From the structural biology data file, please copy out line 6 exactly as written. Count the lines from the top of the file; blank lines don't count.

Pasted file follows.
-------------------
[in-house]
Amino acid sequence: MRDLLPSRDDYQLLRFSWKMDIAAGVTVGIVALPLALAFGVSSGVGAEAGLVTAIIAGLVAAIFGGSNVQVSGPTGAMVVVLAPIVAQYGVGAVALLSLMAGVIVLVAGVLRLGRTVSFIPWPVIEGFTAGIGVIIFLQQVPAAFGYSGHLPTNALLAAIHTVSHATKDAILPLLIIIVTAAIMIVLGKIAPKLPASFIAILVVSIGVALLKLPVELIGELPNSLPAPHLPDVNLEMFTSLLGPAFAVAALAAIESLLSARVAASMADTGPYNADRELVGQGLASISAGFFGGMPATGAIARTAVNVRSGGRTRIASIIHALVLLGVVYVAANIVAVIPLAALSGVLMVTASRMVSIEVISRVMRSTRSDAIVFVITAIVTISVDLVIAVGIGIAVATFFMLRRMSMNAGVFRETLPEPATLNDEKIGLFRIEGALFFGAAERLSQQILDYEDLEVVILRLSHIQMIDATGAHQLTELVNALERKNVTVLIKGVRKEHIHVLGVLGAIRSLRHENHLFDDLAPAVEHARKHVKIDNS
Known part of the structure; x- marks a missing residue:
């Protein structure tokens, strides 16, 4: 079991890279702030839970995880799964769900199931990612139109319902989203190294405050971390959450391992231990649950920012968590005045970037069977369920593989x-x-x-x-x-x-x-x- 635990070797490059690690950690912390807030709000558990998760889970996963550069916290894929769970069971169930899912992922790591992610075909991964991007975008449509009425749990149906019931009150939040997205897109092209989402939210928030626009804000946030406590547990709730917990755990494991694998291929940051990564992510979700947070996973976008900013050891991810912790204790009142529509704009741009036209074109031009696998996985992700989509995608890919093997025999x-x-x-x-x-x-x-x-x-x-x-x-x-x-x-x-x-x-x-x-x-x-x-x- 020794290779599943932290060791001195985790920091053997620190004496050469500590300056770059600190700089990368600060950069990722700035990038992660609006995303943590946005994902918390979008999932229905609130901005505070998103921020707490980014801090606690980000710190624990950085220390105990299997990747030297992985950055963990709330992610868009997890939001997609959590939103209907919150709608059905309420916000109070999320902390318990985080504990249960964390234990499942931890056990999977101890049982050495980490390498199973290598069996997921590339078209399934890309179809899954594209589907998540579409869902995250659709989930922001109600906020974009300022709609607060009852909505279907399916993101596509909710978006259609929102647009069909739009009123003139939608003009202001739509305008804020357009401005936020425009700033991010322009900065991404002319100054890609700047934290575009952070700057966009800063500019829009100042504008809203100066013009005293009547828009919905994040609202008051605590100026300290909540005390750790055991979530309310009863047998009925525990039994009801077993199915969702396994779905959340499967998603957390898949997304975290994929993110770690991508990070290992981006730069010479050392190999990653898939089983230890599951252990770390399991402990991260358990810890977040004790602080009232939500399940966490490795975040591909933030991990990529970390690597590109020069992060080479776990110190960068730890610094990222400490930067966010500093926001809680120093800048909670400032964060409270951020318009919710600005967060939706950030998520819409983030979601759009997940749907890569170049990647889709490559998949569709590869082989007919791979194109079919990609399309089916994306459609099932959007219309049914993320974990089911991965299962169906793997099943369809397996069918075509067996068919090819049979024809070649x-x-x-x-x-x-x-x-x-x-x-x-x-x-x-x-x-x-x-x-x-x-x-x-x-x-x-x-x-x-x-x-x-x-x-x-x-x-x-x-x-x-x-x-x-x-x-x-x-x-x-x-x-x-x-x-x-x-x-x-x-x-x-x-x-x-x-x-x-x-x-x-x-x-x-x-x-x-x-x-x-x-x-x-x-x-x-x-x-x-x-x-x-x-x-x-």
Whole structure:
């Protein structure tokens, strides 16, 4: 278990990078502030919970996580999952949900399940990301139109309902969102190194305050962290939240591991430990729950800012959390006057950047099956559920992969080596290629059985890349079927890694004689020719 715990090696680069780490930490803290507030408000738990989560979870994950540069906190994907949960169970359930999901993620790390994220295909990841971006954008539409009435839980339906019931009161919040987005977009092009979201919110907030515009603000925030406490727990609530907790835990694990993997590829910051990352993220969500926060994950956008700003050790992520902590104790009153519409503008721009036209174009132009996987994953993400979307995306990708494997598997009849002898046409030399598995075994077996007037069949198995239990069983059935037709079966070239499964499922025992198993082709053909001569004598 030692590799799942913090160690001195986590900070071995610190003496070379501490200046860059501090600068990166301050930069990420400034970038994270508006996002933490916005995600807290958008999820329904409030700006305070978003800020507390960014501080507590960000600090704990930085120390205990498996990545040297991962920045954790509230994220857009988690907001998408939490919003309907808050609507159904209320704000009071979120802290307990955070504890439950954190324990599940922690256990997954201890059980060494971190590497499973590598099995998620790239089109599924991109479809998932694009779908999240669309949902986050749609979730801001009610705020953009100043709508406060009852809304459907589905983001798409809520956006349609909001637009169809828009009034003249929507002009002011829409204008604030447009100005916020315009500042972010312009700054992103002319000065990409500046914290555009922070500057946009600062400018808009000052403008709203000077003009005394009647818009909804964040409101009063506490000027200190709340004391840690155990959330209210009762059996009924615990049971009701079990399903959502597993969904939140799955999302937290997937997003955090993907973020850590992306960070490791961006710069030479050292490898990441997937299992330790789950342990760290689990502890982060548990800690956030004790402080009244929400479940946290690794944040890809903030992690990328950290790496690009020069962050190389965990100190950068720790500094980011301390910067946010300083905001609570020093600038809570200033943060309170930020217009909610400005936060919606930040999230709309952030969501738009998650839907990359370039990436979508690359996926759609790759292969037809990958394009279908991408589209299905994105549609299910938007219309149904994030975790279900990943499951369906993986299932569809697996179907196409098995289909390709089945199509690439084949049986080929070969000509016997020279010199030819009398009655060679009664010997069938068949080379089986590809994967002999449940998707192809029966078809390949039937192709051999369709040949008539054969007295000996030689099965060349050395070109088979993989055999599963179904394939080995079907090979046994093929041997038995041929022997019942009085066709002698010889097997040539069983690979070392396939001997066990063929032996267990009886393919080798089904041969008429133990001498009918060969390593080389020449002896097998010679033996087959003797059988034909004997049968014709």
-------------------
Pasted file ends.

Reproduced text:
């Protein structure tokens, strides 16, 4: 278990990078502030919970996580999952949900399940990301139109309902969102190194305050962290939240591991430990729950800012959390006057950047099956559920992969080596290629059985890349079927890694004689020719 715990090696680069780490930490803290507030408000738990989560979870994950540069906190994907949960169970359930999901993620790390994220295909990841971006954008539409009435839980339906019931009161919040987005977009092009979201919110907030515009603000925030406490727990609530907790835990694990993997590829910051990352993220969500926060994950956008700003050790992520902590104790009153519409503008721009036209174009132009996987994953993400979307995306990708494997598997009849002898046409030399598995075994077996007037069949198995239990069983059935037709079966070239499964499922025992198993082709053909001569004598 030692590799799942913090160690001195986590900070071995610190003496070379501490200046860059501090600068990166301050930069990420400034970038994270508006996002933490916005995600807290958008999820329904409030700006305070978003800020507390960014501080507590960000600090704990930085120390205990498996990545040297991962920045954790509230994220857009988690907001998408939490919003309907808050609507159904209320704000009071979120802290307990955070504890439950954190324990599940922690256990997954201890059980060494971190590497499973590598099995998620790239089109599924991109479809998932694009779908999240669309949902986050749609979730801001009610705020953009100043709508406060009852809304459907589905983001798409809520956006349609909001637009169809828009009034003249929507002009002011829409204008604030447009100005916020315009500042972010312009700054992103002319000065990409500046914290555009922070500057946009600062400018808009000052403008709203000077003009005394009647818009909804964040409101009063506490000027200190709340004391840690155990959330209210009762059996009924615990049971009701079990399903959502597993969904939140799955999302937290997937997003955090993907973020850590992306960070490791961006710069030479050292490898990441997937299992330790789950342990760290689990502890982060548990800690956030004790402080009244929400479940946290690794944040890809903030992690990328950290790496690009020069962050190389965990100190950068720790500094980011301390910067946010300083905001609570020093600038809570200033943060309170930020217009909610400005936060919606930040999230709309952030969501738009998650839907990359370039990436979508690359996926759609790759292969037809990958394009279908991408589209299905994105549609299910938007219309149904994030975790279900990943499951369906993986299932569809697996179907196409098995289909390709089945199509690439084949049986080929070969000509016997020279010199030819009398009655060679009664010997069938068949080379089986590809994967002999449940998707192809029966078809390949039937192709051999369709040949008539054969007295000996030689099965060349050395070109088979993989055999599963179904394939080995079907090979046994093929041997038995041929022997019942009085066709002698010889097997040539069983690979070392396939001997066990063929032996267990009886393919080798089904041969008429133990001498009918060969390593080389020449002896097998010679033996087959003797059988034909004997049968014709």